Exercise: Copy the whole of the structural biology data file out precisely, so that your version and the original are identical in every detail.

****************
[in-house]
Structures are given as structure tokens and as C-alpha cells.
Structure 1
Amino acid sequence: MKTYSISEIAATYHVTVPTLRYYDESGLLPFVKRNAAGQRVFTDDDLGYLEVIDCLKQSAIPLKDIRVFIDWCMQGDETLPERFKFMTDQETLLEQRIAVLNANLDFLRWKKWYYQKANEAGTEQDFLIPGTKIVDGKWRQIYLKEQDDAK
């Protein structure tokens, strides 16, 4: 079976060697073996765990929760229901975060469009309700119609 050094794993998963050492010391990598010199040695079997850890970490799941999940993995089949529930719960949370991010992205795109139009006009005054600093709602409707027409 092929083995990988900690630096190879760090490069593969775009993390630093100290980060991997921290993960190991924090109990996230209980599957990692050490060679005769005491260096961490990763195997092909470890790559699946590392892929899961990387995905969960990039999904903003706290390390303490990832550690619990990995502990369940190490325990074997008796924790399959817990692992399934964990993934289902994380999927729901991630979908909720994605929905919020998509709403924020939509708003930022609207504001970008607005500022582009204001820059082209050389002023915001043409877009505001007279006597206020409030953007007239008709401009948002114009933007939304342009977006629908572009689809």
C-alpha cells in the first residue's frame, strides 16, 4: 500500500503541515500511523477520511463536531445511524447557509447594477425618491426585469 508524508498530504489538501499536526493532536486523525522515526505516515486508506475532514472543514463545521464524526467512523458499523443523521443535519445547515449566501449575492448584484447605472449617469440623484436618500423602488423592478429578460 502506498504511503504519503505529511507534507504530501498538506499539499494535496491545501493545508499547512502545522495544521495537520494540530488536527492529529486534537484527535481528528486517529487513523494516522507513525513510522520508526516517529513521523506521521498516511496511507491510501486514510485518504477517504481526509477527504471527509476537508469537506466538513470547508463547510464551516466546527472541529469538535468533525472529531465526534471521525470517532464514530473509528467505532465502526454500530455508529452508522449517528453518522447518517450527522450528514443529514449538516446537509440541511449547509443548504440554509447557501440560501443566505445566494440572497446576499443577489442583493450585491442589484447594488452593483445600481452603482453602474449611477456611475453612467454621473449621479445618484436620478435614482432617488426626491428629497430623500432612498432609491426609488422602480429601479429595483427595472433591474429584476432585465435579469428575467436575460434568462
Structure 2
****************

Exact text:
[in-house]
Structures are given as structure tokens and as C-alpha cells.
Structure 1
Amino acid sequence: MKTYSISEIAATYHVTVPTLRYYDESGLLPFVKRNAAGQRVFTDDDLGYLEVIDCLKQSAIPLKDIRVFIDWCMQGDETLPERFKFMTDQETLLEQRIAVLNANLDFLRWKKWYYQKANEAGTEQDFLIPGTKIVDGKWRQIYLKEQDDAK
């Protein structure tokens, strides 16, 4: 079976060697073996765990929760229901975060469009309700119609 050094794993998963050492010391990598010199040695079997850890970490799941999940993995089949529930719960949370991010992205795109139009006009005054600093709602409707027409 092929083995990988900690630096190879760090490069593969775009993390630093100290980060991997921290993960190991924090109990996230209980599957990692050490060679005769005491260096961490990763195997092909470890790559699946590392892929899961990387995905969960990039999904903003706290390390303490990832550690619990990995502990369940190490325990074997008796924790399959817990692992399934964990993934289902994380999927729901991630979908909720994605929905919020998509709403924020939509708003930022609207504001970008607005500022582009204001820059082209050389002023915001043409877009505001007279006597206020409030953007007239008709401009948002114009933007939304342009977006629908572009689809």
C-alpha cells in the first residue's frame, strides 16, 4: 500500500503541515500511523477520511463536531445511524447557509447594477425618491426585469 508524508498530504489538501499536526493532536486523525522515526505516515486508506475532514472543514463545521464524526467512523458499523443523521443535519445547515449566501449575492448584484447605472449617469440623484436618500423602488423592478429578460 502506498504511503504519503505529511507534507504530501498538506499539499494535496491545501493545508499547512502545522495544521495537520494540530488536527492529529486534537484527535481528528486517529487513523494516522507513525513510522520508526516517529513521523506521521498516511496511507491510501486514510485518504477517504481526509477527504471527509476537508469537506466538513470547508463547510464551516466546527472541529469538535468533525472529531465526534471521525470517532464514530473509528467505532465502526454500530455508529452508522449517528453518522447518517450527522450528514443529514449538516446537509440541511449547509443548504440554509447557501440560501443566505445566494440572497446576499443577489442583493450585491442589484447594488452593483445600481452603482453602474449611477456611475453612467454621473449621479445618484436620478435614482432617488426626491428629497430623500432612498432609491426609488422602480429601479429595483427595472433591474429584476432585465435579469428575467436575460434568462
Structure 2